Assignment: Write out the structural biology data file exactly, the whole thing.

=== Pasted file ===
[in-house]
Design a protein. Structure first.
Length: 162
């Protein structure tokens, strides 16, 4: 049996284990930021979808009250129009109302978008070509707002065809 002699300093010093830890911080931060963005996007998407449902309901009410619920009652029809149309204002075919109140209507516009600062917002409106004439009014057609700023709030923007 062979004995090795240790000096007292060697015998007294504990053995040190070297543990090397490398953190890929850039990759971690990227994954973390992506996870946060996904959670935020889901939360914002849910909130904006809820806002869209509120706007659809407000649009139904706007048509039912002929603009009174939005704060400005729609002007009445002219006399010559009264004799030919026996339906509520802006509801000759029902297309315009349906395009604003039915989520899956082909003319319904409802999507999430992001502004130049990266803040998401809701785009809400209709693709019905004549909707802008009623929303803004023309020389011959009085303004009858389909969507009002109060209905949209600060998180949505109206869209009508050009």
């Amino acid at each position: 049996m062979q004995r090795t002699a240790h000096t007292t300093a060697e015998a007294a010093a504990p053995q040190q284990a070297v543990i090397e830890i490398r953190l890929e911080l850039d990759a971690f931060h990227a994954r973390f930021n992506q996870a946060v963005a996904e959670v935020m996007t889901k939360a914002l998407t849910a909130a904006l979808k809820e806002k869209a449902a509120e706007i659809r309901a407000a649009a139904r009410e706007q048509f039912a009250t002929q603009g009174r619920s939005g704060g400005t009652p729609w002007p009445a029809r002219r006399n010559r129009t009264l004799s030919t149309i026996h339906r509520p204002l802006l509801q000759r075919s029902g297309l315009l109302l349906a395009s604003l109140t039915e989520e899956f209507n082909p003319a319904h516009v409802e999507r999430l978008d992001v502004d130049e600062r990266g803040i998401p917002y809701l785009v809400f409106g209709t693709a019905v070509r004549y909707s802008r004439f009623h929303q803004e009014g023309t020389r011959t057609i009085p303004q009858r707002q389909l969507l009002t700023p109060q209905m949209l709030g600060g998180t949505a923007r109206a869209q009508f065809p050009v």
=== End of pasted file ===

[in-house]
Design a protein. Structure first.
Length: 162
């Protein structure tokens, strides 16, 4: 049996284990930021979808009250129009109302978008070509707002065809 002699300093010093830890911080931060963005996007998407449902309901009410619920009652029809149309204002075919109140209507516009600062917002409106004439009014057609700023709030923007 062979004995090795240790000096007292060697015998007294504990053995040190070297543990090397490398953190890929850039990759971690990227994954973390992506996870946060996904959670935020889901939360914002849910909130904006809820806002869209509120706007659809407000649009139904706007048509039912002929603009009174939005704060400005729609002007009445002219006399010559009264004799030919026996339906509520802006509801000759029902297309315009349906395009604003039915989520899956082909003319319904409802999507999430992001502004130049990266803040998401809701785009809400209709693709019905004549909707802008009623929303803004023309020389011959009085303004009858389909969507009002109060209905949209600060998180949505109206869209009508050009």
């Amino acid at each position: 049996m062979q004995r090795t002699a240790h000096t007292t300093a060697e015998a007294a010093a504990p053995q040190q284990a070297v543990i090397e830890i490398r953190l890929e911080l850039d990759a971690f931060h990227a994954r973390f930021n992506q996870a946060v963005a996904e959670v935020m996007t889901k939360a914002l998407t849910a909130a904006l979808k809820e806002k869209a449902a509120e706007i659809r309901a407000a649009a139904r009410e706007q048509f039912a009250t002929q603009g009174r619920s939005g704060g400005t009652p729609w002007p009445a029809r002219r006399n010559r129009t009264l004799s030919t149309i026996h339906r509520p204002l802006l509801q000759r075919s029902g297309l315009l109302l349906a395009s604003l109140t039915e989520e899956f209507n082909p003319a319904h516009v409802e999507r999430l978008d992001v502004d130049e600062r990266g803040i998401p917002y809701l785009v809400f409106g209709t693709a019905v070509r004549y909707s802008r004439f009623h929303q803004e009014g023309t020389r011959t057609i009085p303004q009858r707002q389909l969507l009002t700023p109060q209905m949209l709030g600060g998180t949505a923007r109206a869209q009508f065809p050009v």